Cooperative Health Care Plan for Farmers Unveiled at Capitol

By: Dana Brueck Email
By: Dana Brueck Email

A new cooperative aims to give Wisconsin farmers more affordable health care.

Lawmakers unveiled the plan, years in the making, today at the State Capitol. Supporters say health care is a number one issue for producers. A local farmer says he's encouraged but questions whether it will cover him.

"We're a 4th generation farm here. My brother Tom and I have been farming together since 1973," Pat O'Brien says.

O'Brien runs a 250-cow dairy farm in Fitchburg. He's farmer with health insurance but says it's expensive.

"Probably, the majority who do have coverage, the wife is working off of the farm. My wife does not and we're paying for our health insurance out of pocket," he says.

A new health care plan aims to take less out of the pockets of Wisconsin producers.

"If we go back to just 2002-2003, when dairy prices were almost at a record low, farmers of Wisconsin, still by a factor of 4-to-1, said health care was a much bigger issue for them than low dairy prices were at that time," Bill Oemichen of Wisconsin Federation of Cooperatives says.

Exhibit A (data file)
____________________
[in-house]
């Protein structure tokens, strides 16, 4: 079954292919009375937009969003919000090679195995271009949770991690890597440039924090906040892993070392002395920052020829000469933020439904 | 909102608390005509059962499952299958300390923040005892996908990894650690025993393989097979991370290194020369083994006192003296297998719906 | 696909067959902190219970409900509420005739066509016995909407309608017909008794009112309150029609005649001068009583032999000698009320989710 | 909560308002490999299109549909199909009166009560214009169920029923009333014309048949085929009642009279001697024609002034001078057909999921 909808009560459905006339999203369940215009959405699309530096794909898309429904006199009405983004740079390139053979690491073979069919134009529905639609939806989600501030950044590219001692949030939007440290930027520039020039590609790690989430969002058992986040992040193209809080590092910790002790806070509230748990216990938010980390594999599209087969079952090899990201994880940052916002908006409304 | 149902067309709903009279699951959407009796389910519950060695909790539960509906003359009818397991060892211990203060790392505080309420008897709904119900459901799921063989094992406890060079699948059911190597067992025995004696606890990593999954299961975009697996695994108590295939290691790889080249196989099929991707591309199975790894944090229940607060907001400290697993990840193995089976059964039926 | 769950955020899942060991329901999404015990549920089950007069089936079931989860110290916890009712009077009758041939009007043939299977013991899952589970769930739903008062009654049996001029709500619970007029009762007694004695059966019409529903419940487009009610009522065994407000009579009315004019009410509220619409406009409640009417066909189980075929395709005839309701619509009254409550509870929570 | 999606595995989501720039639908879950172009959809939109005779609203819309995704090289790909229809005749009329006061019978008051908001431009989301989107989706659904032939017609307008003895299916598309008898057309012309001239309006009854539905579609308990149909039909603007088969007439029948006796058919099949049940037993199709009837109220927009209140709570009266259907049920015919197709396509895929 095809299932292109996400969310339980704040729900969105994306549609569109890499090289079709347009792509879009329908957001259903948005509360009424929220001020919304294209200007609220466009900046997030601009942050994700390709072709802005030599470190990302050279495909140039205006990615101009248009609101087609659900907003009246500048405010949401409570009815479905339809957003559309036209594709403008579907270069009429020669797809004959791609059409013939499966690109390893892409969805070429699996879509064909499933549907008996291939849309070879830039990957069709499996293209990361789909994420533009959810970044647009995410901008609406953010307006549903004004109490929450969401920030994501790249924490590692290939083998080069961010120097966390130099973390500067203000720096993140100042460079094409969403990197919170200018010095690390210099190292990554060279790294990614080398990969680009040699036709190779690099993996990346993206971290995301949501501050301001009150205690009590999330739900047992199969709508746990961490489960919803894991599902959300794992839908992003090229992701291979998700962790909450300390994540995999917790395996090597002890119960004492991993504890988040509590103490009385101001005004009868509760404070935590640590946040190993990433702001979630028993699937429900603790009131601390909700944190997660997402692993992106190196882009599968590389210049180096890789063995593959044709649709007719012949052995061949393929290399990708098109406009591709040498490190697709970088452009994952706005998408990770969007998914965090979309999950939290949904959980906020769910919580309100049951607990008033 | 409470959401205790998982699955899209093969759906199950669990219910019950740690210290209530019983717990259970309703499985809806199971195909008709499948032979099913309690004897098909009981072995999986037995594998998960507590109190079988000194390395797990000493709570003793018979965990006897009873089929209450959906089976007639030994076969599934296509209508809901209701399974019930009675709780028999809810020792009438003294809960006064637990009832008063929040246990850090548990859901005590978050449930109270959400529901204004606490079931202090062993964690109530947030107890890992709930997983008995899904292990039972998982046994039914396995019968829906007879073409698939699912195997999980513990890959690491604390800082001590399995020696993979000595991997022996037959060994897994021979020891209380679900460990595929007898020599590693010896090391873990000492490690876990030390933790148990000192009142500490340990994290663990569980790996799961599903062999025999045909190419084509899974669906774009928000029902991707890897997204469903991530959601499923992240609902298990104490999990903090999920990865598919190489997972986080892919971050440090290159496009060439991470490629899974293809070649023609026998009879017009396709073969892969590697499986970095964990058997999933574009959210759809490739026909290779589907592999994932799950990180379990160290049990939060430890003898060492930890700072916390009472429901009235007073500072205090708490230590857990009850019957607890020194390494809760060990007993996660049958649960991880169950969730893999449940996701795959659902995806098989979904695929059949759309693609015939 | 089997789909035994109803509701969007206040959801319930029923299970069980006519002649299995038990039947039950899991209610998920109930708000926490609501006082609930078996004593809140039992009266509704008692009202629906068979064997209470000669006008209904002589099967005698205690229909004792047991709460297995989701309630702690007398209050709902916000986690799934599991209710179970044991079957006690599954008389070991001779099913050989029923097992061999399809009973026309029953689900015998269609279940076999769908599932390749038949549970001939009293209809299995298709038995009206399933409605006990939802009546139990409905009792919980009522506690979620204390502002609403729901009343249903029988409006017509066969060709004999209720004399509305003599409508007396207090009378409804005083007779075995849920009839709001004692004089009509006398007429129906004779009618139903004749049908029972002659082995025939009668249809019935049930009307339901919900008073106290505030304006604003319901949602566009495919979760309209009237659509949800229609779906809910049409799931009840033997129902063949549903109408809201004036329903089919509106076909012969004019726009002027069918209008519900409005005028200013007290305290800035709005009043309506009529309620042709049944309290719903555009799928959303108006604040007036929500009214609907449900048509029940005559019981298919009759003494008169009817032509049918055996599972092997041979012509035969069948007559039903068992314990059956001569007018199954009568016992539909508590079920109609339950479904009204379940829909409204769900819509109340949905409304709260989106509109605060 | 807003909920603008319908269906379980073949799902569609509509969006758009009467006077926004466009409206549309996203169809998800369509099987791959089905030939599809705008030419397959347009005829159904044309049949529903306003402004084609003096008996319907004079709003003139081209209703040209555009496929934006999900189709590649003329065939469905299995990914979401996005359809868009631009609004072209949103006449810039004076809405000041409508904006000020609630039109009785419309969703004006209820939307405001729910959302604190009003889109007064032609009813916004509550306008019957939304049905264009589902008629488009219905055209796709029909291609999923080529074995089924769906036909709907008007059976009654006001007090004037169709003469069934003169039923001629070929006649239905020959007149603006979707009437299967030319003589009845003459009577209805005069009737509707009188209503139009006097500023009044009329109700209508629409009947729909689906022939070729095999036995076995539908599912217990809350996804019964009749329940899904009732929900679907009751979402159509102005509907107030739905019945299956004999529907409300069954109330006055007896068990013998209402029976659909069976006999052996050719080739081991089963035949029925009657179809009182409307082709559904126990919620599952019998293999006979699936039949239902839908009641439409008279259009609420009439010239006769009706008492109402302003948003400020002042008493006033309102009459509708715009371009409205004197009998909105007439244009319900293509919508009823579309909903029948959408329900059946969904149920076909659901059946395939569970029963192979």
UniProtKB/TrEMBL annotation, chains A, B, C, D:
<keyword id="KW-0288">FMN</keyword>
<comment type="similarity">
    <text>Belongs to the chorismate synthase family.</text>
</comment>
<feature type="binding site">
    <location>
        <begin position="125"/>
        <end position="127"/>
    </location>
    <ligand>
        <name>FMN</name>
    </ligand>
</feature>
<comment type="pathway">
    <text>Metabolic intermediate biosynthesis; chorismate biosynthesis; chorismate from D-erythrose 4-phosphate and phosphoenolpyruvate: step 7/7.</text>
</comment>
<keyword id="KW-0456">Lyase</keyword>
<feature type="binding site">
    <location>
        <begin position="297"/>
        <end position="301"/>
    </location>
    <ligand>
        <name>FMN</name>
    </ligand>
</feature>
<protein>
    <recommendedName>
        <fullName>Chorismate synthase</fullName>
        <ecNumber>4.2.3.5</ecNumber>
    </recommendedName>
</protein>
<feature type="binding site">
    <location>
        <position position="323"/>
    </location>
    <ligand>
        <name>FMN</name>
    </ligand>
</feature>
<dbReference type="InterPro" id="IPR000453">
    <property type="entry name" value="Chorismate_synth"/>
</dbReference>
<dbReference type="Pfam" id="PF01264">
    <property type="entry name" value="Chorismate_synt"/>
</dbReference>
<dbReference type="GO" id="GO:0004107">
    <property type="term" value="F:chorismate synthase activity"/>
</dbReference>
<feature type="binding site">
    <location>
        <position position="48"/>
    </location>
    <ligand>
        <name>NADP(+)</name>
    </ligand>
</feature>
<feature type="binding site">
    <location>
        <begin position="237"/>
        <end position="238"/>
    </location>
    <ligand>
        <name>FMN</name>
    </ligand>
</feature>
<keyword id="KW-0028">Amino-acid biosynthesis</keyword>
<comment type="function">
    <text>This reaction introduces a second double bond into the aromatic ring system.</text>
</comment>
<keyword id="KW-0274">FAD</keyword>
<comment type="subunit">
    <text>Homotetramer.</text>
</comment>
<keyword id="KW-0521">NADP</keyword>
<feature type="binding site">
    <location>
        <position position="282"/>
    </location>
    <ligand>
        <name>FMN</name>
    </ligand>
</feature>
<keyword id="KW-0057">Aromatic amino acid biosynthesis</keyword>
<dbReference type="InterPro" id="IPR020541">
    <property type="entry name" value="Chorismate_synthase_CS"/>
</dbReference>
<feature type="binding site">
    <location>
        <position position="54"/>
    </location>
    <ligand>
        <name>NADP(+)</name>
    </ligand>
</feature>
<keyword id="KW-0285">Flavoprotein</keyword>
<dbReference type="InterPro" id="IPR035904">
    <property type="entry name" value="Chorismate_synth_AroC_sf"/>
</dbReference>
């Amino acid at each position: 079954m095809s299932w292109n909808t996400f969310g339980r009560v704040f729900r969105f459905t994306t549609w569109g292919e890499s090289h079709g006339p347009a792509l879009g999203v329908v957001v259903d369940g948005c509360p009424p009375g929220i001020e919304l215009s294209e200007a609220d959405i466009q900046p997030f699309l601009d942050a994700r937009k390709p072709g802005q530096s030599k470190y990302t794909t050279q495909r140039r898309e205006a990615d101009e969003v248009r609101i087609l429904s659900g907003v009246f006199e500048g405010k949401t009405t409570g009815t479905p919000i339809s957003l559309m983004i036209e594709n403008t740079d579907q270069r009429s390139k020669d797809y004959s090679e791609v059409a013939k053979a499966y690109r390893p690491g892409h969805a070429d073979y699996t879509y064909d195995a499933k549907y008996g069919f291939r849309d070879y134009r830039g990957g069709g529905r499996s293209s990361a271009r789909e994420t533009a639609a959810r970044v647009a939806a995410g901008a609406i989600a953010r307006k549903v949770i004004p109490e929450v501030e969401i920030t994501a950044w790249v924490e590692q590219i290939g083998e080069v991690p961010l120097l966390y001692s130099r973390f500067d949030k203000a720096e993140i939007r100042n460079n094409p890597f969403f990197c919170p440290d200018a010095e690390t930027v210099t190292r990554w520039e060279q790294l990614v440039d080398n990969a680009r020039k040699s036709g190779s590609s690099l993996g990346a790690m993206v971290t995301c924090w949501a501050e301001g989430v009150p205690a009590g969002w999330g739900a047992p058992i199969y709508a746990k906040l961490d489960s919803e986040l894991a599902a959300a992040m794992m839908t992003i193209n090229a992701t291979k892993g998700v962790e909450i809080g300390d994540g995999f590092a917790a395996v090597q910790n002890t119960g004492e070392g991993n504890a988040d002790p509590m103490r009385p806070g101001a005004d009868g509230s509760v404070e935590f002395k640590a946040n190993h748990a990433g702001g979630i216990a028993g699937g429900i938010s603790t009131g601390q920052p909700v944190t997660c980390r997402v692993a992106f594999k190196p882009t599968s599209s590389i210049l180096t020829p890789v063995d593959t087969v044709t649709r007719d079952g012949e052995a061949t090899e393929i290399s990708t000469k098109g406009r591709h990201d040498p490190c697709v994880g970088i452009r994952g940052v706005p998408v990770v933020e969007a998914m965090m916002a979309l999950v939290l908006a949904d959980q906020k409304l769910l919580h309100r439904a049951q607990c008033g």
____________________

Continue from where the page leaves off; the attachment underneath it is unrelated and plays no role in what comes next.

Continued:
Supporters of the Farmers' Health Cooperative unveiled the plan at the State Capitol, saying 18 percent of farmers in Wisconsin lack coverage.

"Forty-one percent cannot afford to have health insurance for every member of the family so they end up having to pick and choose who's going to have insurance," Oemichen says.

Farmers' Health Cooperative has contracted with Aetna to offer six different plans with deductibles ranging from $300 to $5,000.

Farmers will own and operate the cooperative, which is designed to lower the cost for members by buying insurance as a group.

O'Brien already buys a group plan for his family and pays half of the cost for a small number of employees, but he says the cost has nearly tripled the last several years.

"We've been promised for years that there'd be a plan for farmers and independent business owners, and it looks like it might be here," he says, "we'll have to wait and see what the particulars are about it.”

About $4.5 million dollars in federal funding helped get this plan in place.

It will come out in March with town meetings to give people information, and coverage will begin on April 1.

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